The Pakistan Cricket Board had refused to meet Danish Kaneria's lawyer, in another setback to the legspinner's attempts to seek clarification on his continued exclusion from the Pakistan team. "We have received another email from their lawyer saying again they are not prepared to have a meeting so obviously we are very, very disappointed about that," Steve Haurigan, Kaneria's lawyer, said yesterday.
Kaneria was one of three players - alongside Kamran Akmal and Shoaib Malik - who were summoned before the PCB's inquiry committee in order to gain clearance to play for the country. Pakistan had delayed the announcement of their 30-man World Cup squad till January 5 to complete investigating the three players, but only Kamran was included in the preliminary list for the tournament. Kaneria was also in the original squad to play two Tests against South Africa in the UAE, but was told moments before he was about to leave for the airport that he hadn't been cleared to play.
Haurigan said the PCB's reluctance to clear Kaneria was also hampering his prospects with English county sides. "We want to know what objections the PCB have against Danish continuing to play? Because they haven't told him or us what those objections are. They are blocking him playing not only in Pakistan for the Pakistan team but also obviously outside Pakistan. The effect of the PCB being reluctant to clear Danish is that the county sides in England who are willing and almost queuing up to sing up Danish are reluctant to do it, understandably because they are not sure what's going on."
Kaneria was the subject of a criminal investigation in August by Es+++ police over allegations that he was involved in spot-fixing during a county game, but was released without charge in September. He has not been retained by the county for the upcoming season, but Kaneria has said that is only due to 'financial reasons'. Haurigan said Kaneria was prepared to answer all questions regarding the UK investigations. "There are issues as regards what happened in the UK last year. He's been cleared by the ICC and the British police, and he wants to carry on playing. He is frustrated that nobody is telling him what the problem is.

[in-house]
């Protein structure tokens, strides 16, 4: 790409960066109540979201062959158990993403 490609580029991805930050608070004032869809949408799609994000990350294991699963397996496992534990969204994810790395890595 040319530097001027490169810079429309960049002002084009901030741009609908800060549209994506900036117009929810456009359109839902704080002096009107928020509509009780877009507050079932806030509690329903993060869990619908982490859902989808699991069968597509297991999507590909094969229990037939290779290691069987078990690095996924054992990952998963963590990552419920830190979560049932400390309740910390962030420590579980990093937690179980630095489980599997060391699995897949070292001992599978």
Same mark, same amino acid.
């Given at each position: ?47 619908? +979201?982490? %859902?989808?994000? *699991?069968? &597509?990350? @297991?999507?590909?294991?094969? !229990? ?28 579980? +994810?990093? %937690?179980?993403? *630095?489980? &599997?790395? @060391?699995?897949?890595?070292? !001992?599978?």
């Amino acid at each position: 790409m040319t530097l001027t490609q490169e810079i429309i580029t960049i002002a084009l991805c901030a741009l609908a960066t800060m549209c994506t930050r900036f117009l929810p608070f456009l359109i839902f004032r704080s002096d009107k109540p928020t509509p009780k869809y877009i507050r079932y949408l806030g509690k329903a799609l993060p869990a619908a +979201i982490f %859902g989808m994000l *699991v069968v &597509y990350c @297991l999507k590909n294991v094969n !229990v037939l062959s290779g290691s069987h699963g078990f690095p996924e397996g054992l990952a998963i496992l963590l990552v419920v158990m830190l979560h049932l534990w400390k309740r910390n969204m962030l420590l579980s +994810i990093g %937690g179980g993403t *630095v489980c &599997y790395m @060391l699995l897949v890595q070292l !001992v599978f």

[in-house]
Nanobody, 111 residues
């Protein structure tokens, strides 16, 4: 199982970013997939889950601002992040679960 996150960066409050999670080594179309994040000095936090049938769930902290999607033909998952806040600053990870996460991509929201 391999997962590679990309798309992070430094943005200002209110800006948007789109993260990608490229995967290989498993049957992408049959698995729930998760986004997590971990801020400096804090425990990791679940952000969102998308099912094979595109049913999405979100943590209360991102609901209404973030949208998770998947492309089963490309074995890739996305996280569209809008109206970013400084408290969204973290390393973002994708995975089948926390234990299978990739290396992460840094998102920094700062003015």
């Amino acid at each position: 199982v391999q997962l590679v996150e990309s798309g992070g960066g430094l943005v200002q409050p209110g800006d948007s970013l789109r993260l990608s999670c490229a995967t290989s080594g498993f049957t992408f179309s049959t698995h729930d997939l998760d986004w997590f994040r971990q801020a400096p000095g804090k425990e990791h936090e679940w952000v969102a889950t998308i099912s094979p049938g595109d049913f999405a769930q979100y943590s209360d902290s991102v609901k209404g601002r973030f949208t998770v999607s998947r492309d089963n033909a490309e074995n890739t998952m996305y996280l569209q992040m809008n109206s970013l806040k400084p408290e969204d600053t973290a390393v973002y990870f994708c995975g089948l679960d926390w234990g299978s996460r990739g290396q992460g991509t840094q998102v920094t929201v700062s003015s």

"Danish is effectively being called in by his boss, the PCB, and told you can't work anymore, but they haven't told him why, and they won't tell him why. We are not here to annoy any people and start proceedings. Danish wants nothing more but to continue playing. He'll love to put on the colors of the Pakistan team and get out there bowling again that's all he wants to do."
Haurigan hinted at the possibility of further legal action if the PCB continued to stick to its stance. "At this stage, we can't rule out anything. We want to get it resolved in Danish's favour as quickly as possible, but we are aware of all the options that are possibly open to us. If we don't get the information then we have to do something sooner rather than later."